Prime Minister Justin Trudeau’s family members received over $427,000 from WE Charity in the form of speaking fees, amenities and gifts, according to new documents submitted to the Finance Committee on Monday.
The documents were submitted by Marc Kielburger, one of the co-founders of WE Charity.
According to the documents, Trudeau’s mother Margaret Trudeau, brother Alexandre Trudeau and wife Sophie Grégoire Trudeau, collectively received $217,500 in speaking fees from WE Charity, and $630 in gifts.
Their expenses in food, hotel rooms, and flights totalling $209,620.92 were also covered by WE Charity.
Both Margaret and Alexandre Trudeau were paid for 36 speaking engagements, attending an average of three to five events per engagement. Sophie Grégoire Trudeau, on the other hand, was paid for attending eight engagements over eight years.
The documents were submitted at the request of the House of Commons finance committee (FINA) when the Kielburger brothers testified at FINA on July 28 and Aug. 13, 2020 over the Liberal government’s controversial decision to award WE Charity to right to administer the now-defunct $912 million Canada Student Service Grant (CSSG).
Besides the documents submitted by WE Charity, the minority Liberals have also released a list of all paid speaking engagements taken on by Justin Trudeau before he became prime minister.
The opposition wants a special committee struck which the Tories have framed as an “anti-corruption” probe. The idea may be up for a vote on Oct. 20, when the opposition gets to set the course of debate in the House of Commons.
The documents also revealed that the Kielburger brothers had conversations with six cabinet ministers on eight occasions discussing various projects from 2018 to 2020 preceding the controversy. The ministers included were: Jean-Yves Duclos, Bill Morneau, Mary Ng, Bardish Chagger, Amarjeet Sohi and Pablo Rodriguez.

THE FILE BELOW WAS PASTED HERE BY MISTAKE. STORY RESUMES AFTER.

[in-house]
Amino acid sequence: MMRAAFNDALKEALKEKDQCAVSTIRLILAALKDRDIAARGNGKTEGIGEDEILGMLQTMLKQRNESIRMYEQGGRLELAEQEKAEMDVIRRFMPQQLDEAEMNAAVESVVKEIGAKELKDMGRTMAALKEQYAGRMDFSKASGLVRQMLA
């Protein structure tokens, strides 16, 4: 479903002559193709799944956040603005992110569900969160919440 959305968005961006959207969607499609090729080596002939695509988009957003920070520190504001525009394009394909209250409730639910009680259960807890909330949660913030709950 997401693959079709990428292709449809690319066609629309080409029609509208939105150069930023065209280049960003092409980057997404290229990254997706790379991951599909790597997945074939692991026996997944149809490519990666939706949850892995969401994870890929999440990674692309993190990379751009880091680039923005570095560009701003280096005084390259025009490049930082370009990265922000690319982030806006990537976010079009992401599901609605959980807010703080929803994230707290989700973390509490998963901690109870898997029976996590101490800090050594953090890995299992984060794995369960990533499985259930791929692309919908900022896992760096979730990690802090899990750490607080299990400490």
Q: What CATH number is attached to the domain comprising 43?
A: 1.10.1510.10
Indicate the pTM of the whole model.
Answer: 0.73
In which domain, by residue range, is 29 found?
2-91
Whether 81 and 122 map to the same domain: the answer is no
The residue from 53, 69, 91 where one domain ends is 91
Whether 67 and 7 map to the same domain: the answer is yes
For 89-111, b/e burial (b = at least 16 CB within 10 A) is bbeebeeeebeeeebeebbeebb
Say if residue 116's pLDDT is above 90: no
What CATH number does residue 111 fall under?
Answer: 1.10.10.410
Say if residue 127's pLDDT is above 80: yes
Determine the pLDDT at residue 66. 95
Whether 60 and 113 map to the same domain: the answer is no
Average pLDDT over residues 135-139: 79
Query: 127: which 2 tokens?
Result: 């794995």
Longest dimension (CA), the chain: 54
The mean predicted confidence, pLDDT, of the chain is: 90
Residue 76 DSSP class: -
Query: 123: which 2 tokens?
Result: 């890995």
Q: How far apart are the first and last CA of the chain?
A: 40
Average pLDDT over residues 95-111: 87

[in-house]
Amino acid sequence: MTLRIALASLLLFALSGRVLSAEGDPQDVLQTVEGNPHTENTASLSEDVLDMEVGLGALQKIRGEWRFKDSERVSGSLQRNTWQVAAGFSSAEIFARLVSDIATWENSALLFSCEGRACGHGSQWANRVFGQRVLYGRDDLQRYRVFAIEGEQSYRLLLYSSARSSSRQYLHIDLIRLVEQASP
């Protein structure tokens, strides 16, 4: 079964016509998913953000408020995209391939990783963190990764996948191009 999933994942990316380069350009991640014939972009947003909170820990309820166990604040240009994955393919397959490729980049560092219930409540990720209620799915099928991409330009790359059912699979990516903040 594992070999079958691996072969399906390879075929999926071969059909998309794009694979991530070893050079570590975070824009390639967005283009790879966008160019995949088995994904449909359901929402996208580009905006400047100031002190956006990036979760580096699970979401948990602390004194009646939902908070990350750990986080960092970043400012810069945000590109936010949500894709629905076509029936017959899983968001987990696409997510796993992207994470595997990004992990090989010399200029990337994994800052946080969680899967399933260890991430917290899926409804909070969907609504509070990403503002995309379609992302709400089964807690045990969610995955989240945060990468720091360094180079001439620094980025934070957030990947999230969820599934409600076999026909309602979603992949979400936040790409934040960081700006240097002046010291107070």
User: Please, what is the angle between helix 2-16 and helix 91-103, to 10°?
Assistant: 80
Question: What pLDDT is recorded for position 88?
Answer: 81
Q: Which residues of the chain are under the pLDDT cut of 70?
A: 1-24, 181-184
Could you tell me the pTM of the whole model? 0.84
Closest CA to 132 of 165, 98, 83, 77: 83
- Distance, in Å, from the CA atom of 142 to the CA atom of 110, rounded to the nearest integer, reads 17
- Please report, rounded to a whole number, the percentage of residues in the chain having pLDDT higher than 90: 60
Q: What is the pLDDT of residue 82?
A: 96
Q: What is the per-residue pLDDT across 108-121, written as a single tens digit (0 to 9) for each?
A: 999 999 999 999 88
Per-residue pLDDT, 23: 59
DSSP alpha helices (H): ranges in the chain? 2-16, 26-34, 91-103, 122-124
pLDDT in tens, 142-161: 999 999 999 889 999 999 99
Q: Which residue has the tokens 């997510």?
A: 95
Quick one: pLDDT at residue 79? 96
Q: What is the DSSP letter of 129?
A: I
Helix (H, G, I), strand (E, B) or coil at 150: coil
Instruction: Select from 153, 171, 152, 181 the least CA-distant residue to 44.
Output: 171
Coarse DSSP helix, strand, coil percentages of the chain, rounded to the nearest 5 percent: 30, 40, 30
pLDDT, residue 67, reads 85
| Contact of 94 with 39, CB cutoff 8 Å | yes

Marc Kielburger added that WE Charity was awarded 11 contracts by the Liberal government between 2011 and 2019, of which eight of them were approved during Trudeau’s position as prime minister.
In addition, the documents show Marc and Craig Kielburger engaged in 65 conference calls with public servants from various departments from Apr. 17 to Jul. 7.
The controversial Apr. 26 email that Craig Kielburger sent to former finance minister Bill Morneau after their phone call on Apr. 25 is also included in the documents.
Marc Kielburger said Morneau called his brother as “part of a series of phone calls checking in with businesses and non-profits on the impact of COVID-19” and maintained “there were no discussions of the CSSG program in this call.”
To support their claim, the Kielburger brothers attached the Apr. 26 email which shows the content alluding to the impact of the pandemic, but no mentioning of CSSG.
The documents also mentioned WE Charity registering as an in-house lobbyist “that covers the time period in question.” Marc Kielburger said that was the period when the vast majority of the interactions took place after Rachel Wernick, the assistant deputy minister with Employment and Social Development Canada, called them to help implement the CSSG project.
However, the documents also said that the Kielburger brothers should not be considered as lobbyists since they are volunteers and not paid employees.
The documents also revealed no receipt was issued to former finance minister Bill Morneau after he repaid $41,000 to WE Charity for expenses incurred on trips his family took to Ecuador and Kenya with the organization to visit its projects there, on grounds that the trips were extended to them in good faith that would result in financial support from Morneau’s wife Nancy McCain.
Marc Kielburger added that Morneau likely overpaid WE Charity as the “actual costs incurred by WE Charity would be less than $41,000” based on a maximum estimate amount that could be incurred by participants.
With files from The Canadian Press